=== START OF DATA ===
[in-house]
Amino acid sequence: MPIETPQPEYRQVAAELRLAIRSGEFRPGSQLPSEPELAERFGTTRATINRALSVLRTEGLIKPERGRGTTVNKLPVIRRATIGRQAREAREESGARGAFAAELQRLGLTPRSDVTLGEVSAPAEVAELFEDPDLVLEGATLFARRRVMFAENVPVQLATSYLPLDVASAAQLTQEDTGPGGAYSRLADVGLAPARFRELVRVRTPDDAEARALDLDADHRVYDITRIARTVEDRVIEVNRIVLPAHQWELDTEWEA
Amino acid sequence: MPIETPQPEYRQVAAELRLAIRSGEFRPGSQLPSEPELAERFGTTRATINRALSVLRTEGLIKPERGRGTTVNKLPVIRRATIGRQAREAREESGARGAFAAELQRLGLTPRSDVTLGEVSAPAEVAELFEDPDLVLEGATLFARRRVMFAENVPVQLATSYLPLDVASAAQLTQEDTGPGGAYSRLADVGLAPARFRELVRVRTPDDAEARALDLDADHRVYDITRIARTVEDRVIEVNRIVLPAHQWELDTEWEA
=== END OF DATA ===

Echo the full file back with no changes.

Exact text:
[in-house]
Amino acid sequence: MPIETPQPEYRQVAAELRLAIRSGEFRPGSQLPSEPELAERFGTTRATINRALSVLRTEGLIKPERGRGTTVNKLPVIRRATIGRQAREAREESGARGAFAAELQRLGLTPRSDVTLGEVSAPAEVAELFEDPDLVLEGATLFARRRVMFAENVPVQLATSYLPLDVASAAQLTQEDTGPGGAYSRLADVGLAPARFRELVRVRTPDDAEARALDLDADHRVYDITRIARTVEDRVIEVNRIVLPAHQWELDTEWEA
Amino acid sequence: MPIETPQPEYRQVAAELRLAIRSGEFRPGSQLPSEPELAERFGTTRATINRALSVLRTEGLIKPERGRGTTVNKLPVIRRATIGRQAREAREESGARGAFAAELQRLGLTPRSDVTLGEVSAPAEVAELFEDPDLVLEGATLFARRRVMFAENVPVQLATSYLPLDVASAAQLTQEDTGPGGAYSRLADVGLAPARFRELVRVRTPDDAEARALDLDADHRVYDITRIARTVEDRVIEVNRIVLPAHQWELDTEWEA